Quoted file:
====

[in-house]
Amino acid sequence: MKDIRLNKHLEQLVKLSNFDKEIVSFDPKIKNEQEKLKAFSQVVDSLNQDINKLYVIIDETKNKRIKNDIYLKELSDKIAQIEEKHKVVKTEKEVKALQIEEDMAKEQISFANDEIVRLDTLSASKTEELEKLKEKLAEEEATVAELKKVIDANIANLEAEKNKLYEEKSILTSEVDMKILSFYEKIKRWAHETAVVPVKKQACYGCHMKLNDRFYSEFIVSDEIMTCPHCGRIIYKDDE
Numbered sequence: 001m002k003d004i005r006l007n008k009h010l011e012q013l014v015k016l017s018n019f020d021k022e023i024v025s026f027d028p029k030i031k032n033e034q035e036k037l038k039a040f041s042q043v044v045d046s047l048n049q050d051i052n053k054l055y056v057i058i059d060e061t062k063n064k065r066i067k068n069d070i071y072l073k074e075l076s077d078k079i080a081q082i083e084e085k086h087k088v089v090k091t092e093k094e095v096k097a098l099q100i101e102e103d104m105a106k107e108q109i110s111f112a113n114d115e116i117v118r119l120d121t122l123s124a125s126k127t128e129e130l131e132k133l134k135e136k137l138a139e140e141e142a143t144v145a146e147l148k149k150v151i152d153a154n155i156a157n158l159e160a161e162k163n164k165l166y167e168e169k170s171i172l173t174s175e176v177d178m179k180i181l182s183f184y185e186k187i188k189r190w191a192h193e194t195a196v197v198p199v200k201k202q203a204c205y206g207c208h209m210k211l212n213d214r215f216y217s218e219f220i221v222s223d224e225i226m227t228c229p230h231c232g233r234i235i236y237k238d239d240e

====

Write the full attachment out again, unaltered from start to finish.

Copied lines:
[in-house]
Amino acid sequence: MKDIRLNKHLEQLVKLSNFDKEIVSFDPKIKNEQEKLKAFSQVVDSLNQDINKLYVIIDETKNKRIKNDIYLKELSDKIAQIEEKHKVVKTEKEVKALQIEEDMAKEQISFANDEIVRLDTLSASKTEELEKLKEKLAEEEATVAELKKVIDANIANLEAEKNKLYEEKSILTSEVDMKILSFYEKIKRWAHETAVVPVKKQACYGCHMKLNDRFYSEFIVSDEIMTCPHCGRIIYKDDE
Numbered sequence: 001m002k003d004i005r006l007n008k009h010l011e012q013l014v015k016l017s018n019f020d021k022e023i024v025s026f027d028p029k030i031k032n033e034q035e036k037l038k039a040f041s042q043v044v045d046s047l048n049q050d051i052n053k054l055y056v057i058i059d060e061t062k063n064k065r066i067k068n069d070i071y072l073k074e075l076s077d078k079i080a081q082i083e084e085k086h087k088v089v090k091t092e093k094e095v096k097a098l099q100i101e102e103d104m105a106k107e108q109i110s111f112a113n114d115e116i117v118r119l120d121t122l123s124a125s126k127t128e129e130l131e132k133l134k135e136k137l138a139e140e141e142a143t144v145a146e147l148k149k150v151i152d153a154n155i156a157n158l159e160a161e162k163n164k165l166y167e168e169k170s171i172l173t174s175e176v177d178m179k180i181l182s183f184y185e186k187i188k189r190w191a192h193e194t195a196v197v198p199v200k201k202q203a204c205y206g207c208h209m210k211l212n213d214r215f216y217s218e219f220i221v222s223d224e225i226m227t228c229p230h231c232g233r234i235i236y237k238d239d240e